[T]he question of politics will not be limited to humans but will be extended to non-humans as well, that is, to all the agencies that make up the cosmos inside which humans do reside. Such an extension will force us to disengage political theory from its long attachment with an epistemological definition of Nature. If Nature known by the sciences is no longer the ultimate referee able to settle conflicts, then politics has to take over and the common world has to be progressively composed. (8)
In Latour’s phrasing in the lecture course, the point is to see science as performative, as enunciating and creating networks, composing them. In fact, by composing ecological networks, those fearing the worst of climate change will not only be unable to “settle conflicts” by pointing to external facts, but will have to go to war. He argues that far from dealing with an inanimate nature, the sciences (note the multiple) multiply the actants, since they bring more to our attention:
[T]he practice, here again, is exactly the opposite [of dealing with a dead Nature]. Even if you factor in duplication, replication, and the race to ‘publish or/and perish,’ a calm and cold consideration of the scientific literature shows that it ceaselessly multiplies the number of agents that have to be taken into account for any course of action to be achieved. If you now replace the technical name of each of those agents by what they do, as the simplest semiotic method requires, you are not faced by the oxymoron ‘inanimate agencies’ but, on the contrary, by a fabulous multiplication of the potentials for action. This is exactly what allows so many engineers, inventors, innovators, and investors to devise unprecedented, improbable, and surprising courses of action. The net result of the scientific disciplines is an immense increase in what moves, agitates, boils, warms, and complicates; what in brief, yes, animates the agencies making up the world. (17)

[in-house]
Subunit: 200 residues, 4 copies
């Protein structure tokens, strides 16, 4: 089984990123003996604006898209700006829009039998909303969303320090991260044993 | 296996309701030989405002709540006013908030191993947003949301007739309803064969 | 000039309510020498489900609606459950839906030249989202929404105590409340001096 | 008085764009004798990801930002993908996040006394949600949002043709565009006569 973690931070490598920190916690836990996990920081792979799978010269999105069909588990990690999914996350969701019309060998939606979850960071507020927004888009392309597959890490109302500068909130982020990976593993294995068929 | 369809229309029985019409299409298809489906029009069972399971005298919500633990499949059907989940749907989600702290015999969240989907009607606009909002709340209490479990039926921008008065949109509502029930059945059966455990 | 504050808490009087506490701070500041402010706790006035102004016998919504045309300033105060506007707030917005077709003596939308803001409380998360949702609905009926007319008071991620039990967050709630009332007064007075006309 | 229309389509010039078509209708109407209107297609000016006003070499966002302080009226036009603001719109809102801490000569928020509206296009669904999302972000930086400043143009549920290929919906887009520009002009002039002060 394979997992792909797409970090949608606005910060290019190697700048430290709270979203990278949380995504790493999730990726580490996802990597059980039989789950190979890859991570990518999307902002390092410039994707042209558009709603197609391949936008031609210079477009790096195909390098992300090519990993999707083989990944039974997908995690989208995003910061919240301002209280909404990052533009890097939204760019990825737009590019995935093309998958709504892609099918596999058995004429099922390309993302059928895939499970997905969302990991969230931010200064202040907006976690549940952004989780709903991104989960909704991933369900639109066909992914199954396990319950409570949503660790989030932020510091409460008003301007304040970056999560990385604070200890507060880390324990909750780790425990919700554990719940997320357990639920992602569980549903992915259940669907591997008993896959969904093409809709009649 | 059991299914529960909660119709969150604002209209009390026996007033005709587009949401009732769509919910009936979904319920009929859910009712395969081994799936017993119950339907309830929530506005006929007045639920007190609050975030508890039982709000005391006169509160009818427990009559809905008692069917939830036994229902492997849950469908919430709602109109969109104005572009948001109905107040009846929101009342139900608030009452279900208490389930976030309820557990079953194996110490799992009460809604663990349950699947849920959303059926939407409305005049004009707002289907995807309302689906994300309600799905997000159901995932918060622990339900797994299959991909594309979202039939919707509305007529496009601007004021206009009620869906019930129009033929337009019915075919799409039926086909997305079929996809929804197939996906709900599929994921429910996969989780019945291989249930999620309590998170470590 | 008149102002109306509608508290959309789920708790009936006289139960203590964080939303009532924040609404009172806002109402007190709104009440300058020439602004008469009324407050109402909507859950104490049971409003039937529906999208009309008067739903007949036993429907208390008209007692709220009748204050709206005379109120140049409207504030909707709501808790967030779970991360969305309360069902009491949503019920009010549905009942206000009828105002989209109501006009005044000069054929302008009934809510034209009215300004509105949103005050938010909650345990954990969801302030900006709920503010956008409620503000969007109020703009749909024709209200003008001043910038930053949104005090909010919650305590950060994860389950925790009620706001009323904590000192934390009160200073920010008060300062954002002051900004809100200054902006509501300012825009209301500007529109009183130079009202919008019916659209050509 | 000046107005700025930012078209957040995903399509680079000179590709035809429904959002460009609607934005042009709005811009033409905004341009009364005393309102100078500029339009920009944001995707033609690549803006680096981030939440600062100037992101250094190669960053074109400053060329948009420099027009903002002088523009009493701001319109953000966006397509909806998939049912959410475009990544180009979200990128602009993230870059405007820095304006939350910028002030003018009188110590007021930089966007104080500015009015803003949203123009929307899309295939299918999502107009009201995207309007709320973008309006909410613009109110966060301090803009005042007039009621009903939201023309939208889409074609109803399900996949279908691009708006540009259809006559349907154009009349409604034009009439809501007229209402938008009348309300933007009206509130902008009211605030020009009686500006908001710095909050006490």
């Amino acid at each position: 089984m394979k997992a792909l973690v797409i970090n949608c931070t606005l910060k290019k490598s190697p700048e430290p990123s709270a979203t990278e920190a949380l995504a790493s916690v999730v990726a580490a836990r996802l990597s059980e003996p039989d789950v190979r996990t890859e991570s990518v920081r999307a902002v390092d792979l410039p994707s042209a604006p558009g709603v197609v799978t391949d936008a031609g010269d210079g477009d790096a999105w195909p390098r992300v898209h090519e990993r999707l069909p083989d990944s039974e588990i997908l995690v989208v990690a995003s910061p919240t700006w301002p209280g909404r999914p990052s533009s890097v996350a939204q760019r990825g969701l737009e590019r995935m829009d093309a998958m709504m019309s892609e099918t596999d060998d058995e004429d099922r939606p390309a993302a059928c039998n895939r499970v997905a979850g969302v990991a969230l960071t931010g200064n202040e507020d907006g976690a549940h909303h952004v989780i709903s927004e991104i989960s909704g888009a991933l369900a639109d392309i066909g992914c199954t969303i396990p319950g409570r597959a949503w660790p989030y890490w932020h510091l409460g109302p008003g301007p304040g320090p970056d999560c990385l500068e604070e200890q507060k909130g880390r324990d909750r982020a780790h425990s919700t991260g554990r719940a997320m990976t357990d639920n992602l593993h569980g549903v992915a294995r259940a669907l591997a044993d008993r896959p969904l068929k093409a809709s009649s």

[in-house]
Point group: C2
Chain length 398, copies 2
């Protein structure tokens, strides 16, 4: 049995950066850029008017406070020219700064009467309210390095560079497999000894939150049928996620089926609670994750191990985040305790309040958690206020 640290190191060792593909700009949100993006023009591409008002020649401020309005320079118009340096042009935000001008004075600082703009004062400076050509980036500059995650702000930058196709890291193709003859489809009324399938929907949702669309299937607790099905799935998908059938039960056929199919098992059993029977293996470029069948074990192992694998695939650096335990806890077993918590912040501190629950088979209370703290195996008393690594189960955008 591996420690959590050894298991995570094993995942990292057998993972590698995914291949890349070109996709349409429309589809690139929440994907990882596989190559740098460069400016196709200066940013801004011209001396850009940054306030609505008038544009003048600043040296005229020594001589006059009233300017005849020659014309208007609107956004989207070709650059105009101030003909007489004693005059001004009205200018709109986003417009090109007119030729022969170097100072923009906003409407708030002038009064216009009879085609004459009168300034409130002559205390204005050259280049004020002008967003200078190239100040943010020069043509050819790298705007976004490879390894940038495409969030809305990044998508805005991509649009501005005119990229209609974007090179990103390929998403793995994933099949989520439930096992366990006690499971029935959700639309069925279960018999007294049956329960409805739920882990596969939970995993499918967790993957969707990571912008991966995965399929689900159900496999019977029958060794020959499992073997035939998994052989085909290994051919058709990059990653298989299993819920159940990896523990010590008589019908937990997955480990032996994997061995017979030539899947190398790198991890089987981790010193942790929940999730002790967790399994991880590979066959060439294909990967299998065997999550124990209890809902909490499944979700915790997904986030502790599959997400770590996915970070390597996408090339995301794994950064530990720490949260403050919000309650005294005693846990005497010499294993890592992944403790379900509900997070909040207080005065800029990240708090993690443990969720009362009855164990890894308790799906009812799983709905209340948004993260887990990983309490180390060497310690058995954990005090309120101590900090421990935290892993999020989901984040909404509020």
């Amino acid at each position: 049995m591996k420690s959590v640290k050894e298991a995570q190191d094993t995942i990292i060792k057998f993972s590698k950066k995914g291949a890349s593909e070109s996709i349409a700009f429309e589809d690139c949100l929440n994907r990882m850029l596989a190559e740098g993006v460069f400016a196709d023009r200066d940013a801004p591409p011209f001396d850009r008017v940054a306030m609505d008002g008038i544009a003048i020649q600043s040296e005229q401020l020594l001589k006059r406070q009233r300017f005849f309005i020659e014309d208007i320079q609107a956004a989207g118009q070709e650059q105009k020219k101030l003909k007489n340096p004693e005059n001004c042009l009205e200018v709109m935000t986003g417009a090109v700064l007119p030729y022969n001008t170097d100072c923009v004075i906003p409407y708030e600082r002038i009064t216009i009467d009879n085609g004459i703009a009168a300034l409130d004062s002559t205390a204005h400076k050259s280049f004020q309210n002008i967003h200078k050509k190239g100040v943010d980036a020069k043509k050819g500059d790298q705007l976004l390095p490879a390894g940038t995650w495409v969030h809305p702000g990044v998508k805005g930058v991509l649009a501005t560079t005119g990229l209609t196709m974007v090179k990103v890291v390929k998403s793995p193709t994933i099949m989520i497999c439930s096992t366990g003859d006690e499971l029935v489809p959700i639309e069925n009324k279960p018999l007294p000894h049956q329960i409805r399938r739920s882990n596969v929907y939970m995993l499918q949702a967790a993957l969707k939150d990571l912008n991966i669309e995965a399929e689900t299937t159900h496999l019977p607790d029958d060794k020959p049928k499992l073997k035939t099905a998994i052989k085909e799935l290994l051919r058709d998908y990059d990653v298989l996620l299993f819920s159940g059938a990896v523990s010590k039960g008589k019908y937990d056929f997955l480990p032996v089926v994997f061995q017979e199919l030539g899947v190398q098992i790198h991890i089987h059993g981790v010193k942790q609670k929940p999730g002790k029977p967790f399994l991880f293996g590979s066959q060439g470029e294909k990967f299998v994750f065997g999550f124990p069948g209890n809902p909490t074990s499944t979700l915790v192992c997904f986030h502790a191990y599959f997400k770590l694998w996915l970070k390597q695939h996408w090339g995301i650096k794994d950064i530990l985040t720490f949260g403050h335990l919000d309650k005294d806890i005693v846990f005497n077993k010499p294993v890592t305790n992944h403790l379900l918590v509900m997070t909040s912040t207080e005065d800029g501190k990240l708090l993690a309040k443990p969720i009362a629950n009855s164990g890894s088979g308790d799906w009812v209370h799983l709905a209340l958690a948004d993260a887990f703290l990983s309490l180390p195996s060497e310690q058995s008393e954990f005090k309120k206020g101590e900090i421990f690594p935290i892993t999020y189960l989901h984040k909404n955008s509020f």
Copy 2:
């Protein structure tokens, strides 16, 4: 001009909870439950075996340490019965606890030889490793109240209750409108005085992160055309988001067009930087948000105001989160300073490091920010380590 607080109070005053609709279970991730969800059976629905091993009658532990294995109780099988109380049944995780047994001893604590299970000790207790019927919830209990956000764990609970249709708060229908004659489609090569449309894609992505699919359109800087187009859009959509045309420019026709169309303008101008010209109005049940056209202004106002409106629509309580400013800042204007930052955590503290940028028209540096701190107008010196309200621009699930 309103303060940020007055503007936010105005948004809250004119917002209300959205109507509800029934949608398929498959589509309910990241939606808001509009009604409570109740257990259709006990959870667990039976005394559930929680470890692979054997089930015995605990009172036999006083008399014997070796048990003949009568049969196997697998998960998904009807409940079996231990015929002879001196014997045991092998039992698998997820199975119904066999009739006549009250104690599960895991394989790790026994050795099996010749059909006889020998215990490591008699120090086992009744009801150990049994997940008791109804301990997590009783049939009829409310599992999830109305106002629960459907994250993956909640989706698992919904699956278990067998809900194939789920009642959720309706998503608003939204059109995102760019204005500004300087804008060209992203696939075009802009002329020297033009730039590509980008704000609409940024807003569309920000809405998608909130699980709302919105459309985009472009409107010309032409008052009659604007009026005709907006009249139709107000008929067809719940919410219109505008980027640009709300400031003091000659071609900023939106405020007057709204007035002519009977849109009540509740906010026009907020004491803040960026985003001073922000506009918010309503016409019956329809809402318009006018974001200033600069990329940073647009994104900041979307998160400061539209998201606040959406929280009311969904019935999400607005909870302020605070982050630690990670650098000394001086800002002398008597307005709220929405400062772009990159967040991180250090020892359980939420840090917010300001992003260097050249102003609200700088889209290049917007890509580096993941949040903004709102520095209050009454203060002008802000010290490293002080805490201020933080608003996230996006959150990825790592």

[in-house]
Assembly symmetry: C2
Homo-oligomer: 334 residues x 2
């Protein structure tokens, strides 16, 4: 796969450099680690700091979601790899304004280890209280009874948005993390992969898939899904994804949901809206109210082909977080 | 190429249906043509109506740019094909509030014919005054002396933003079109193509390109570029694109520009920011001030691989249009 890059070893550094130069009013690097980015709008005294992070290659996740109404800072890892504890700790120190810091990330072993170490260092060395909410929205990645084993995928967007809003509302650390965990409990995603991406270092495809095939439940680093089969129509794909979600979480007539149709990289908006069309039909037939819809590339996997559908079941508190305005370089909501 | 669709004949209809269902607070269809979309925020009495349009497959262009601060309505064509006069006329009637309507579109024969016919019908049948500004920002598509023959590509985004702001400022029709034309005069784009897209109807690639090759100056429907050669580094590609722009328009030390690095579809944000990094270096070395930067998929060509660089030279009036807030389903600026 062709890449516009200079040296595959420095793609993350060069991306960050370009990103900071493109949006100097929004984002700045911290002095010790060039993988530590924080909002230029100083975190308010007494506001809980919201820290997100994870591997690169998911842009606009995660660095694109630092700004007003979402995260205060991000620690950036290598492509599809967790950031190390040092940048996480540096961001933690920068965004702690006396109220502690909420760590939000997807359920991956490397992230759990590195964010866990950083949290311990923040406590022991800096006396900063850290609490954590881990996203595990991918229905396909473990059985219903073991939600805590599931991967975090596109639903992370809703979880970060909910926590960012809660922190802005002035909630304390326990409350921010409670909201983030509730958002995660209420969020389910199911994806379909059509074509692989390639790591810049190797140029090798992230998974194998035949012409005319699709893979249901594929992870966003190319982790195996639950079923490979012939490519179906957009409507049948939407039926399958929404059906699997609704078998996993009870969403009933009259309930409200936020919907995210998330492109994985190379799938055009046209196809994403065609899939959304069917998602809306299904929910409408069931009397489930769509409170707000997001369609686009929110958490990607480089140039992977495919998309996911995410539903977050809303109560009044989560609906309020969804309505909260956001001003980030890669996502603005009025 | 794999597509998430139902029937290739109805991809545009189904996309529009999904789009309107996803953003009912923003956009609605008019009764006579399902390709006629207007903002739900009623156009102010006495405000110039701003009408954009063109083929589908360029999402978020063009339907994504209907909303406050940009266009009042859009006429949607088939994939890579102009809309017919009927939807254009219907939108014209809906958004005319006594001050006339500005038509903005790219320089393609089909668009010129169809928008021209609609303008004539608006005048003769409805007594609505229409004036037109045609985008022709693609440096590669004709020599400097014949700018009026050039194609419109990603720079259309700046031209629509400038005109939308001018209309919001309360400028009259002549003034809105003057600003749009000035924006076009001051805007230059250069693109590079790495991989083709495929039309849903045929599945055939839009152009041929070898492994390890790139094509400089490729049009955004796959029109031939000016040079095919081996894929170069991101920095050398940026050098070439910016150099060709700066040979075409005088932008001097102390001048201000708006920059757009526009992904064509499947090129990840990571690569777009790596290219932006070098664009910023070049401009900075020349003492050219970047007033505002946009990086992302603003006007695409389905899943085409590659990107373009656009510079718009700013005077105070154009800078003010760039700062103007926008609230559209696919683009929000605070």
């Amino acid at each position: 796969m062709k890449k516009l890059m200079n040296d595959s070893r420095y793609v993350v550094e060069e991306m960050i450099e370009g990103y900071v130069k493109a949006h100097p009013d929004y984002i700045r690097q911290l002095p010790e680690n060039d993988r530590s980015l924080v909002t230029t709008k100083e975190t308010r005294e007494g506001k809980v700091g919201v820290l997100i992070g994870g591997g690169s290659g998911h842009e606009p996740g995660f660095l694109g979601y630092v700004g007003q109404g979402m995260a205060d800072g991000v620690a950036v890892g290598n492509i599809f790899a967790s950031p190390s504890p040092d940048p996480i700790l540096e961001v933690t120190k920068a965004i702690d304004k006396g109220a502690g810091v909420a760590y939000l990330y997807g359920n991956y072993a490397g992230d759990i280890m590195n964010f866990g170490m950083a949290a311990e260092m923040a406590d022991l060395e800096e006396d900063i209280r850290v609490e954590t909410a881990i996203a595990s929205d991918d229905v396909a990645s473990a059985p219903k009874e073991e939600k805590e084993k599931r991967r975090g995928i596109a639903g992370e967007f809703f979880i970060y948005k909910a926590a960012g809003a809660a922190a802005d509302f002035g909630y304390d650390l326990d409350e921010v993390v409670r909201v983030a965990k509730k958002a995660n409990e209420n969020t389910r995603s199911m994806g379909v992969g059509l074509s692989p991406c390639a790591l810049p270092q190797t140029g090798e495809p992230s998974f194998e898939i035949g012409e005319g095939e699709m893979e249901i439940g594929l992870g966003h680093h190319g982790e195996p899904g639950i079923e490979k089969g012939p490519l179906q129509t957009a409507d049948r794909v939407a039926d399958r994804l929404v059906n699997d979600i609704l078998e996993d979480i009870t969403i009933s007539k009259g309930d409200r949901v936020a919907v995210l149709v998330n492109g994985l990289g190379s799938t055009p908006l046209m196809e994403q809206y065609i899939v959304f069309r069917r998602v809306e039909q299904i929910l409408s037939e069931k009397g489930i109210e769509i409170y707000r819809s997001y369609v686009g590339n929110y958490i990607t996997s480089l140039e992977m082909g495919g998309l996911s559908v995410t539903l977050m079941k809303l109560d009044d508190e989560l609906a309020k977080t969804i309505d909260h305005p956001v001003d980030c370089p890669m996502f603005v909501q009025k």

In the third lecture, this brings Latour to the Gaia hypothesis of James Lovelock, one that has been treated as thinking the Earth (the god of earth being Gaia; see p. 57 for a rendition of the myth from Hesiod) as a single living organism. Far from revolted by this quasi-new-age idea, Latour argues that Lovelock’s notion of Gaia has been misunderstood simply because scientific and other critics of Lovelock remain too modern, too quick to separate the sciences and what they describe. What Lovelock shows is not that the Earth is one unimportant speck among others in the universe, but rather is quite special and fragile: it is a fragile composition–a continuing thing under construction–of living and non-living, which as yet we cannot find anywhere else in the galaxy. For that reason, the collective to which we belong could exist nowhere else.
You may still spend huge budgets on what used to be called, ironically, the ‘conquest of space,’ but it will be to transport, at best, half a dozen encapsulated astronauts from a live planet across inconceivable distances to a few dead ones. Where things will happen is down here and now. Don’t dream any more, you mortals. You won’t escape to outer space. You have no other abode than down here, the shrinking planet. You can’t compare it with any other. Earth is what in Greek is called an apax — a name used once — and that’s the name that your species, Earthlings, deserves as well — or if you prefer a word with the same etymology: idiot. (p. 56)
We are all idiots in the Greek sense of the term: we can’t leave home, we can’t leave this assemblage we call the earth, but we should see the earth as itself an assemblage of earths, of “agents that” should not “be prematurely unified in a single acting whole” (59). Gaia, he argues, is not a sentient being, as some have supposed, but